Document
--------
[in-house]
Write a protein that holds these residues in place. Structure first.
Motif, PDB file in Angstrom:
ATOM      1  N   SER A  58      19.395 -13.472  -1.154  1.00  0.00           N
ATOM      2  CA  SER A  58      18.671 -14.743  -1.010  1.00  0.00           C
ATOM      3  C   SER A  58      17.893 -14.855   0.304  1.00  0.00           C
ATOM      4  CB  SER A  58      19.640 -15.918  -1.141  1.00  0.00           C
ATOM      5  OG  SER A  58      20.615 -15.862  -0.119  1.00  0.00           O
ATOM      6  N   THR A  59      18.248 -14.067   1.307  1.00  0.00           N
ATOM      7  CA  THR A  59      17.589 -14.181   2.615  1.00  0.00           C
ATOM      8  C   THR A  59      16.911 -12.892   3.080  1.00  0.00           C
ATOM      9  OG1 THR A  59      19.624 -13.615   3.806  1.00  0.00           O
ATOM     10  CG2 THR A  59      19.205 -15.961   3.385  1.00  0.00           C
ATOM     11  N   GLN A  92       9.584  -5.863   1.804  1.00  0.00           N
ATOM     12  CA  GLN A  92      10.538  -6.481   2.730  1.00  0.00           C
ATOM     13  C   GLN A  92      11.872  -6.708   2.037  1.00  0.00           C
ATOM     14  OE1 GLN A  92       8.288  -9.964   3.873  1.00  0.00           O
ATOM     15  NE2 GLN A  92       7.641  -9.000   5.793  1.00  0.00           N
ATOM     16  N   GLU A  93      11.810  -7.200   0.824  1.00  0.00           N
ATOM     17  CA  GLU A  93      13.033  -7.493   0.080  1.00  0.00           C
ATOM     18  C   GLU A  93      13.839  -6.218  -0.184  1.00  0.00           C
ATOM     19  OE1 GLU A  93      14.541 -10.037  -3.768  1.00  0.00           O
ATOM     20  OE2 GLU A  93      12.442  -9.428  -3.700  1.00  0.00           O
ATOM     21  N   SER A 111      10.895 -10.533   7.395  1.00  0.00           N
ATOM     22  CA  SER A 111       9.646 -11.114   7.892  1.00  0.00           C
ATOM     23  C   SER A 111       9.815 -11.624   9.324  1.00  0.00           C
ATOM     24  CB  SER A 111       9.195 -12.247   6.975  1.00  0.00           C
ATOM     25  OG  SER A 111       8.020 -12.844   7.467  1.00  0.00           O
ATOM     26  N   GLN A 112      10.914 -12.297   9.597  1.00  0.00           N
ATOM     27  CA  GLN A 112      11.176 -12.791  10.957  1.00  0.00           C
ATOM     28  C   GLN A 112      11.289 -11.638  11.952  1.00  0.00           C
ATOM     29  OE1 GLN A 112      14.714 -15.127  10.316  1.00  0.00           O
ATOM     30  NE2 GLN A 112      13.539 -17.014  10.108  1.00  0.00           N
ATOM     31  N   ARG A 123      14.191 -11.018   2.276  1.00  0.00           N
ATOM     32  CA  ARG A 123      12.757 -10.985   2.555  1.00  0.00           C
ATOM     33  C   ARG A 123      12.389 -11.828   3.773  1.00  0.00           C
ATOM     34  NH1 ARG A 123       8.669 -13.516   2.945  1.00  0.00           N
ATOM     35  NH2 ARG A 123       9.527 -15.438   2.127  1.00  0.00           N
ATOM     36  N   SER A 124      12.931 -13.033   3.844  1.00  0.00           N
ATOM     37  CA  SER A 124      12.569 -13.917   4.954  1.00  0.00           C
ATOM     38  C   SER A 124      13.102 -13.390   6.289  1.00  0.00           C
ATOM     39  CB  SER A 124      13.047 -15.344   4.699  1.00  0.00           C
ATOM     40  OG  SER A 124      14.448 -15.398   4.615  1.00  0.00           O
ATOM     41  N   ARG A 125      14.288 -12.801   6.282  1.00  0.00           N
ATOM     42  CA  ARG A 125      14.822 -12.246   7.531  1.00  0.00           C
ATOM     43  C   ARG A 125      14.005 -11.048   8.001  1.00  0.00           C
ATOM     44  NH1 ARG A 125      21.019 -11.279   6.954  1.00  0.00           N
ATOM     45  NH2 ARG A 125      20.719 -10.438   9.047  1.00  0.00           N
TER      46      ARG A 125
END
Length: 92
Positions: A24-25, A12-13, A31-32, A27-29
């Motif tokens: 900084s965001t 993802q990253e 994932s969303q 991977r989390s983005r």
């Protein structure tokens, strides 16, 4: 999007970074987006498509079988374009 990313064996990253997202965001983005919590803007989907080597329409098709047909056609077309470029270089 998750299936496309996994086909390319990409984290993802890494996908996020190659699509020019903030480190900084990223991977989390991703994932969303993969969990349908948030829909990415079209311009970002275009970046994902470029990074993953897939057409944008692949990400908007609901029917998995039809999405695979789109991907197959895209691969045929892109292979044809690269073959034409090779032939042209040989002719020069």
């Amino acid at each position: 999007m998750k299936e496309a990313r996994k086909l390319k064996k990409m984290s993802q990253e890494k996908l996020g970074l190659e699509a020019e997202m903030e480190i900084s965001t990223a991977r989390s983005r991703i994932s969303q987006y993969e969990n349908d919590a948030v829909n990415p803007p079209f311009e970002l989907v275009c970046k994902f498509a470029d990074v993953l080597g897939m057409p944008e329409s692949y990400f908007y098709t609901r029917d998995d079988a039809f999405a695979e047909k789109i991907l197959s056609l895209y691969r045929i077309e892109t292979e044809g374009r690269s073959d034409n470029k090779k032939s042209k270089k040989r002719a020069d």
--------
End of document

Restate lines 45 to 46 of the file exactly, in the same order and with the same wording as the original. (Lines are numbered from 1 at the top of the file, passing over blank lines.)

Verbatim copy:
ATOM     42  CA  ARG A 125      14.822 -12.246   7.531  1.00  0.00           C
ATOM     43  C   ARG A 125      14.005 -11.048   8.001  1.00  0.00           C